#4: What was the other country?

Me: England. So a lot of Americans died and so did a lot of Englishmen.

#4: Were we there?

Me: No. It was a long time ago. 233 years ago! When your grandparents grandparents grandparents grandparents were alive.

#4: So when it was done, did we come back home?

Me: This was even before I was born. We were up in heaven watching what was going on. When it was over, the Americans were so glad to have a free country.

#5: I'm free (holding up three fingers). [Pause] And there are free boys: I'm a boy, Dad's a boy, Sam's a boy.

Me: Who is Sam?

#5 nods his head. Then I notice that he is wiggling a lot.

Me: Do you need to go potty?

#5 shakes his head. Then he nods his head. As I approach him to help him get off the stool he talks again: "I want to go to the bathroom at Lexi's house. [We were there for a meeting this morning.] Gwen went to her bathroom and I didn't. I want to." He then is in tears as he trots off to the bathroom."

#4: What happened in the war?

Me: Men had to kill each other. They were soldiers trying to protect their country and their families. Do you know my cousin Travis? [I show her a picture of him.] He is a soldier and he has fought in a war that is going on now.

#4: Did he have to kill bad guys?

Me: He had to kill guys who wanted to kill him. That was sad because they also had families that love them. But American soldiers keep us safe.

#4: Are the bad guys here?

Me: My cousin was in a country called Iraq that is far away from here. But there are bad guys here too. We are not in a war here so we don't kill them.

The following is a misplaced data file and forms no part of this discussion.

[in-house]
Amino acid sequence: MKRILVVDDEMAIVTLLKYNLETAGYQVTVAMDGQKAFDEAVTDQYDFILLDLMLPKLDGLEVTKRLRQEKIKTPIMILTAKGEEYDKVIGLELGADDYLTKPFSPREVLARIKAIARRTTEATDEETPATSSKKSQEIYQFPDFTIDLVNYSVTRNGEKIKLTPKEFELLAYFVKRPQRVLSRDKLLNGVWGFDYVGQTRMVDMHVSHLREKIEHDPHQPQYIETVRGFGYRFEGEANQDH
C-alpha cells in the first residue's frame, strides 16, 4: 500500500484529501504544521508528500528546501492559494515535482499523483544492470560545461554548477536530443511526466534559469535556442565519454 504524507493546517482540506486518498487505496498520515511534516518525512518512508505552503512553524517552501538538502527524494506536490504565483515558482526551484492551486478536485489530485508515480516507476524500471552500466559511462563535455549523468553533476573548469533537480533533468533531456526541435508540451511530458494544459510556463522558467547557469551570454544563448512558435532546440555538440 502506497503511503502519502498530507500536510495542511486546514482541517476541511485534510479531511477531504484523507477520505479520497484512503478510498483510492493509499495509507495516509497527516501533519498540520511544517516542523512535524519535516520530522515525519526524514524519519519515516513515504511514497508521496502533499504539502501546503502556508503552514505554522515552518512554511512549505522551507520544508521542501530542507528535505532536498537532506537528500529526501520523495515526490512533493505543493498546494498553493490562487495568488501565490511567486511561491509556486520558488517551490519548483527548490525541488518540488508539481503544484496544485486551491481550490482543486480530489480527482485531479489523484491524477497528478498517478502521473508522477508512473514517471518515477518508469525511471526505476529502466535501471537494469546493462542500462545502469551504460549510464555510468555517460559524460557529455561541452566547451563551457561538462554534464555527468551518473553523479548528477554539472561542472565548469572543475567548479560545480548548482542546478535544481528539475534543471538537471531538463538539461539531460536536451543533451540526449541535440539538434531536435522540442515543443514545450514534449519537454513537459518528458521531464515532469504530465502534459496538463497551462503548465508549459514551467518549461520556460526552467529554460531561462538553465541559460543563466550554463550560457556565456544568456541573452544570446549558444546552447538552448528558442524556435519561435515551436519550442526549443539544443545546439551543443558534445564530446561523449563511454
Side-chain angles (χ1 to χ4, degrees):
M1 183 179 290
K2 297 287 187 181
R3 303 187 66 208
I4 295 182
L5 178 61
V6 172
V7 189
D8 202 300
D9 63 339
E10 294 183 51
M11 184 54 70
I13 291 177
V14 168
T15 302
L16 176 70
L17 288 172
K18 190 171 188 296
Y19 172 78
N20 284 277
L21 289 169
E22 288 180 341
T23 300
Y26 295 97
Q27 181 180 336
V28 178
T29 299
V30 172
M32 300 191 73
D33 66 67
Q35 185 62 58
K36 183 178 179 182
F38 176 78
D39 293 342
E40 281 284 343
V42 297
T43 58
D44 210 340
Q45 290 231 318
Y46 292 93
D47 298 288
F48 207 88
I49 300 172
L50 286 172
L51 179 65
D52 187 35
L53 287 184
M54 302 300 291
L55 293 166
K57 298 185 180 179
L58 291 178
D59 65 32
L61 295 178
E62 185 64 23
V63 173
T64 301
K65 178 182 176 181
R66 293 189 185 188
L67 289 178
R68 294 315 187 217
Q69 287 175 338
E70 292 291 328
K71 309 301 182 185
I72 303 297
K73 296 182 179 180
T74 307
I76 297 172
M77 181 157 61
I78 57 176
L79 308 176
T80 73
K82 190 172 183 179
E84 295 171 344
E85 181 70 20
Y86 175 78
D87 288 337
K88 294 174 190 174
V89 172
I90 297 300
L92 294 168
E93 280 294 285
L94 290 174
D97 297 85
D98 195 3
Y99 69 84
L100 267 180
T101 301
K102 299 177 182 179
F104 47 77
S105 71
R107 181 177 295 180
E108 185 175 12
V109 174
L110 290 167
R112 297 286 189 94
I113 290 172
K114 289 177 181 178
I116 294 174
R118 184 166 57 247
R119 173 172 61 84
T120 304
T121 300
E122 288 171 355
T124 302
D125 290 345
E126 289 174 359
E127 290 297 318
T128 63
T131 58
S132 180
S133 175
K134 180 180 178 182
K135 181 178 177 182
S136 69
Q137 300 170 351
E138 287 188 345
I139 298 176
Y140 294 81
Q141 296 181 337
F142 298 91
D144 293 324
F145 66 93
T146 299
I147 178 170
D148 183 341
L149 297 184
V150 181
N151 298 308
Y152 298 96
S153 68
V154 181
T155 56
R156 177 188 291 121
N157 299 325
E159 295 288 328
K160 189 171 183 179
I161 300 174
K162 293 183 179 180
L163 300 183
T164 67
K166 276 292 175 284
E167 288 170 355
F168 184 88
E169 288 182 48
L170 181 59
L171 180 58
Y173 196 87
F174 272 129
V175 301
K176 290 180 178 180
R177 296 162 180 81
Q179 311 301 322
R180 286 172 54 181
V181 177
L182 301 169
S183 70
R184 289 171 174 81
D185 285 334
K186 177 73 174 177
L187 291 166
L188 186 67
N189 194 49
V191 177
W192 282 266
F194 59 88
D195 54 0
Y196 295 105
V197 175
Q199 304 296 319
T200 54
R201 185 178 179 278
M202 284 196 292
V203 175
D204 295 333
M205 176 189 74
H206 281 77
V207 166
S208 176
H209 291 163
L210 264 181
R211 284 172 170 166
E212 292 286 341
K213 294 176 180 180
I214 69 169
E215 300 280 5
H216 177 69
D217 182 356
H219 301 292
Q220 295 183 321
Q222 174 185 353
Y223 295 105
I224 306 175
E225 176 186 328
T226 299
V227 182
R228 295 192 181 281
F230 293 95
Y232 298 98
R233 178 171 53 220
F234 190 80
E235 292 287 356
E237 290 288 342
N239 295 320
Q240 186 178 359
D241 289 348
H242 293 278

#4: I know who didn't die from England. Eve's dad. [Eve's dad is my brother-in-law, Matt, who is an American living in Utah. Eve lives in England with her mom.]

Me: When we fought England that was a long time ago before any of us were born.

#4: I would like to see what England is like. I haven't been there in a while.

Me: I've never been to England in my whole life.

#4: I want to go there to see the fish. Remember when we saw those big fish? [She was thinking about a day trip our family took to the aquarium in Sandy, Utah. At least, I think that's to what she was referring.]

Me: That wasn't in England. That was in Sandy.

#4: Eggo?

Me: [Blank look.]

#4: San Diego. I want to go there to see the dolphins again. [We have never been to Sea World. When we went to LA a few years ago we saw dolphins in the ocean, which we replay on a home movie.] Can we go there today?

Me: We can't. It's too expensive.

#4: Yeah, because it's so far away and we would run out of gas before we got there.

Then she got down to play with her brother.

I love observing the thought processes of these kids. I can practically see the wheels turning. Conversations like these remind me why I have to explain things over and over and over. Also why I felt like my college education was turning into mush inside my brain once I became a stay-at-home mom. However, I've learned plenty of other skills and developed important character traits that only motherhood could have worked in me.

Friday, March 13, 2009

Have You Read This Book?